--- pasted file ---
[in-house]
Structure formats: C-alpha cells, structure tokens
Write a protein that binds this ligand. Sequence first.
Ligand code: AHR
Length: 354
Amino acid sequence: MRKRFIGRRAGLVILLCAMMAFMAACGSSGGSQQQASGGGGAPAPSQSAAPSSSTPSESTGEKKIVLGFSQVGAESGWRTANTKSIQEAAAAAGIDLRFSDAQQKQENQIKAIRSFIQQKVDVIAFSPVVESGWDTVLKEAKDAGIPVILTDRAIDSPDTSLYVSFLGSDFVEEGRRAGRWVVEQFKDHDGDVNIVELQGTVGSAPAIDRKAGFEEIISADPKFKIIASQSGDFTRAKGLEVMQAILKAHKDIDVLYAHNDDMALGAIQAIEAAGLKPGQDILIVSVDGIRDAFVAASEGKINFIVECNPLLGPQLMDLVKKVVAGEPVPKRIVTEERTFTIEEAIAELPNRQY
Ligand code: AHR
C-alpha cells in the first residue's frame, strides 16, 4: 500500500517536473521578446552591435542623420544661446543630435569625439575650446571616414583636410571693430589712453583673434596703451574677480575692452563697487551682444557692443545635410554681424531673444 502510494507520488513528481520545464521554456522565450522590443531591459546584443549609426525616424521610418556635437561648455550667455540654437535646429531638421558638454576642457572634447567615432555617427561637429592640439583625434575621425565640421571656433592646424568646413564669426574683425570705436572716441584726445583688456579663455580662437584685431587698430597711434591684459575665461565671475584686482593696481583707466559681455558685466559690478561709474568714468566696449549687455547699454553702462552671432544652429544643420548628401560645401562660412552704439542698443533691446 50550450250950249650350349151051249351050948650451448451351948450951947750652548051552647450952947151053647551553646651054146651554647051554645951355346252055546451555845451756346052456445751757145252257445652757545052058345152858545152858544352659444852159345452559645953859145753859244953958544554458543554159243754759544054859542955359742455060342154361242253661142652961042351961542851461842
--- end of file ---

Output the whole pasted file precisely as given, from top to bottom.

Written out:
[in-house]
Structure formats: C-alpha cells, structure tokens
Write a protein that binds this ligand. Sequence first.
Ligand code: AHR
Length: 354
Amino acid sequence: MRKRFIGRRAGLVILLCAMMAFMAACGSSGGSQQQASGGGGAPAPSQSAAPSSSTPSESTGEKKIVLGFSQVGAESGWRTANTKSIQEAAAAAGIDLRFSDAQQKQENQIKAIRSFIQQKVDVIAFSPVVESGWDTVLKEAKDAGIPVILTDRAIDSPDTSLYVSFLGSDFVEEGRRAGRWVVEQFKDHDGDVNIVELQGTVGSAPAIDRKAGFEEIISADPKFKIIASQSGDFTRAKGLEVMQAILKAHKDIDVLYAHNDDMALGAIQAIEAAGLKPGQDILIVSVDGIRDAFVAASEGKINFIVECNPLLGPQLMDLVKKVVAGEPVPKRIVTEERTFTIEEAIAELPNRQY
Ligand code: AHR
C-alpha cells in the first residue's frame, strides 16, 4: 500500500517536473521578446552591435542623420544661446543630435569625439575650446571616414583636410571693430589712453583673434596703451574677480575692452563697487551682444557692443545635410554681424531673444 502510494507520488513528481520545464521554456522565450522590443531591459546584443549609426525616424521610418556635437561648455550667455540654437535646429531638421558638454576642457572634447567615432555617427561637429592640439583625434575621425565640421571656433592646424568646413564669426574683425570705436572716441584726445583688456579663455580662437584685431587698430597711434591684459575665461565671475584686482593696481583707466559681455558685466559690478561709474568714468566696449549687455547699454553702462552671432544652429544643420548628401560645401562660412552704439542698443533691446 50550450250950249650350349151051249351050948650451448451351948450951947750652548051552647450952947151053647551553646651054146651554647051554645951355346252055546451555845451756346052456445751757145252257445652757545052058345152858545152858544352659444852159345452559645953859145753859244953958544554458543554159243754759544054859542955359742455060342154361242253661142652961042351961542851461842